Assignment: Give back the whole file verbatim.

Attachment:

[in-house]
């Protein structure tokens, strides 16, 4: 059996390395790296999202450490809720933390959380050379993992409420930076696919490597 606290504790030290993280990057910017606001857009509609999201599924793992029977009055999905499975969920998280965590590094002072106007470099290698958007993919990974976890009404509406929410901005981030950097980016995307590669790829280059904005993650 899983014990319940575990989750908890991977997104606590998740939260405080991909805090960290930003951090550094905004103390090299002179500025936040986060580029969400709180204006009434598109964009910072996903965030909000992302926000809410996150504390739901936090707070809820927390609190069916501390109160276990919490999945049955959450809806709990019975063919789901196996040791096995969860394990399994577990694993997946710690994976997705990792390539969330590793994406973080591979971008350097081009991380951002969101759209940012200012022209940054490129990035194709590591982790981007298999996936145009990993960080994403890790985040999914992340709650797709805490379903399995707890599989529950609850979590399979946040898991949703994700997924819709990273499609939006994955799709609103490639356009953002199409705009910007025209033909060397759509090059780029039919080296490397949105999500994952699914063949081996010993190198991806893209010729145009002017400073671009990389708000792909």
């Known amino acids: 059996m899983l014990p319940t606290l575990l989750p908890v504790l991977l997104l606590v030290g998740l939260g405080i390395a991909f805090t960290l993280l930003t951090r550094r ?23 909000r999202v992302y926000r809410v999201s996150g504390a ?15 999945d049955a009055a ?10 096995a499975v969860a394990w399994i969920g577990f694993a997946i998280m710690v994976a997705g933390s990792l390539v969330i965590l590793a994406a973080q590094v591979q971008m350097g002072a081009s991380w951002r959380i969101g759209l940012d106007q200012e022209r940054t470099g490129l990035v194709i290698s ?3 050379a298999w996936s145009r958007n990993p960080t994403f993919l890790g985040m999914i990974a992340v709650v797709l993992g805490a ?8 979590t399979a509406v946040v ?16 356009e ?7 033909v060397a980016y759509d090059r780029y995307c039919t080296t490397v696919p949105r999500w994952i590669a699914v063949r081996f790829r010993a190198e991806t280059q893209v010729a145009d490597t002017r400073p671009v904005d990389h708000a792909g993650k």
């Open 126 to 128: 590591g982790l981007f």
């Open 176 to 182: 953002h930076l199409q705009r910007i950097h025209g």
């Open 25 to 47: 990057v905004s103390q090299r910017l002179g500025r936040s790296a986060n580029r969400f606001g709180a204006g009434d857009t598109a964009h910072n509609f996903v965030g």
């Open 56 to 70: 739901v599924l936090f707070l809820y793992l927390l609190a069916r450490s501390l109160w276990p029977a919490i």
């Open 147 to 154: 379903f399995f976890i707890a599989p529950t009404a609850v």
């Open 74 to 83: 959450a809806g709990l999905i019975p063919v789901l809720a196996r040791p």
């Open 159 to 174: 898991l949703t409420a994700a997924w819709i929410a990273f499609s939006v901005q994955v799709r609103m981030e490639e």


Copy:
[in-house]
């Protein structure tokens, strides 16, 4: 059996390395790296999202450490809720933390959380050379993992409420930076696919490597 606290504790030290993280990057910017606001857009509609999201599924793992029977009055999905499975969920998280965590590094002072106007470099290698958007993919990974976890009404509406929410901005981030950097980016995307590669790829280059904005993650 899983014990319940575990989750908890991977997104606590998740939260405080991909805090960290930003951090550094905004103390090299002179500025936040986060580029969400709180204006009434598109964009910072996903965030909000992302926000809410996150504390739901936090707070809820927390609190069916501390109160276990919490999945049955959450809806709990019975063919789901196996040791096995969860394990399994577990694993997946710690994976997705990792390539969330590793994406973080591979971008350097081009991380951002969101759209940012200012022209940054490129990035194709590591982790981007298999996936145009990993960080994403890790985040999914992340709650797709805490379903399995707890599989529950609850979590399979946040898991949703994700997924819709990273499609939006994955799709609103490639356009953002199409705009910007025209033909060397759509090059780029039919080296490397949105999500994952699914063949081996010993190198991806893209010729145009002017400073671009990389708000792909």
């Known amino acids: 059996m899983l014990p319940t606290l575990l989750p908890v504790l991977l997104l606590v030290g998740l939260g405080i390395a991909f805090t960290l993280l930003t951090r550094r ?23 909000r999202v992302y926000r809410v999201s996150g504390a ?15 999945d049955a009055a ?10 096995a499975v969860a394990w399994i969920g577990f694993a997946i998280m710690v994976a997705g933390s990792l390539v969330i965590l590793a994406a973080q590094v591979q971008m350097g002072a081009s991380w951002r959380i969101g759209l940012d106007q200012e022209r940054t470099g490129l990035v194709i290698s ?3 050379a298999w996936s145009r958007n990993p960080t994403f993919l890790g985040m999914i990974a992340v709650v797709l993992g805490a ?8 979590t399979a509406v946040v ?16 356009e ?7 033909v060397a980016y759509d090059r780029y995307c039919t080296t490397v696919p949105r999500w994952i590669a699914v063949r081996f790829r010993a190198e991806t280059q893209v010729a145009d490597t002017r400073p671009v904005d990389h708000a792909g993650k």
């Open 126 to 128: 590591g982790l981007f």
């Open 176 to 182: 953002h930076l199409q705009r910007i950097h025209g």
């Open 25 to 47: 990057v905004s103390q090299r910017l002179g500025r936040s790296a986060n580029r969400f606001g709180a204006g009434d857009t598109a964009h910072n509609f996903v965030g």
């Open 56 to 70: 739901v599924l936090f707070l809820y793992l927390l609190a069916r450490s501390l109160w276990p029977a919490i």
């Open 147 to 154: 379903f399995f976890i707890a599989p529950t009404a609850v």
């Open 74 to 83: 959450a809806g709990l999905i019975p063919v789901l809720a196996r040791p």
């Open 159 to 174: 898991l949703t409420a994700a997924w819709i929410a990273f499609s939006v901005q994955v799709r609103m981030e490639e």